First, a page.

posted on Jun, 10 2004 @ 05:06 AM
Scientists have identified a gene which could identify how aggressive a man's prostate cancer will be.
The research, by experts at the Institute of Cancer Research Everyman Centre, should lead to a test to identify aggressive cancers.
The E2F3 gene may also act as a focus for the development of drugs to treat prostate cancer, the most common to affect UK men, the researchers say.
The findings will be published in the journal Oncogene.
Twenty-seven thousand prostate cases are diagnosed each year and the disease kills 10,000 men a year.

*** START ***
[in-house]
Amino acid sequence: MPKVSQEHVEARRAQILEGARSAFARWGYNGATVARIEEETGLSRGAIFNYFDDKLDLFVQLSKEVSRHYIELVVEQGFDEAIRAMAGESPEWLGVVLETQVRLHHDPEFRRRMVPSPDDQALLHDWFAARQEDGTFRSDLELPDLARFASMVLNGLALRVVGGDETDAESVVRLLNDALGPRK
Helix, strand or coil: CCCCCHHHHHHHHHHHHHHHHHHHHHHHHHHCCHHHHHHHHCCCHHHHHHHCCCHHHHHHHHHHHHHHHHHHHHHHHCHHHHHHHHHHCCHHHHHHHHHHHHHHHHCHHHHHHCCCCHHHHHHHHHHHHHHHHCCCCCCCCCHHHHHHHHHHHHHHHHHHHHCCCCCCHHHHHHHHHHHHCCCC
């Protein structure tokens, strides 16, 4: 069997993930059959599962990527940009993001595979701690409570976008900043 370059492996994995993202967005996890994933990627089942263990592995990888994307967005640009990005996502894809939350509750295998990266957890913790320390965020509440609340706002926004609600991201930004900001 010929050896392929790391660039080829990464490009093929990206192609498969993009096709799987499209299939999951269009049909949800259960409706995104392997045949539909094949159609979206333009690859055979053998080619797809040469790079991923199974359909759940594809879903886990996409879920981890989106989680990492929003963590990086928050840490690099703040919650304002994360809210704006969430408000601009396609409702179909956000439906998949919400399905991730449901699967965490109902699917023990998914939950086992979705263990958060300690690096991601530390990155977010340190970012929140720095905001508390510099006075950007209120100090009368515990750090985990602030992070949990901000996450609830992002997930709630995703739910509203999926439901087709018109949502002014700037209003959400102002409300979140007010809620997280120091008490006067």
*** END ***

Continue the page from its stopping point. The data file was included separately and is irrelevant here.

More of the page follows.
Breast cancer drug is lifesaver
A breast cancer drug could save the lives of thousands of women living with the disease.
Research on women with early stage breast cancer found taking letrozole after a course of another drug, tamoxifen, cut death rates by 39%
Until now there have been no treatment options for women who finish their course of tamoxifen after five years.
The international study, of 5,200 women, included five hospitals in the UK.
A-Z of cancer
Welsh Cancer Bank 'first for UK'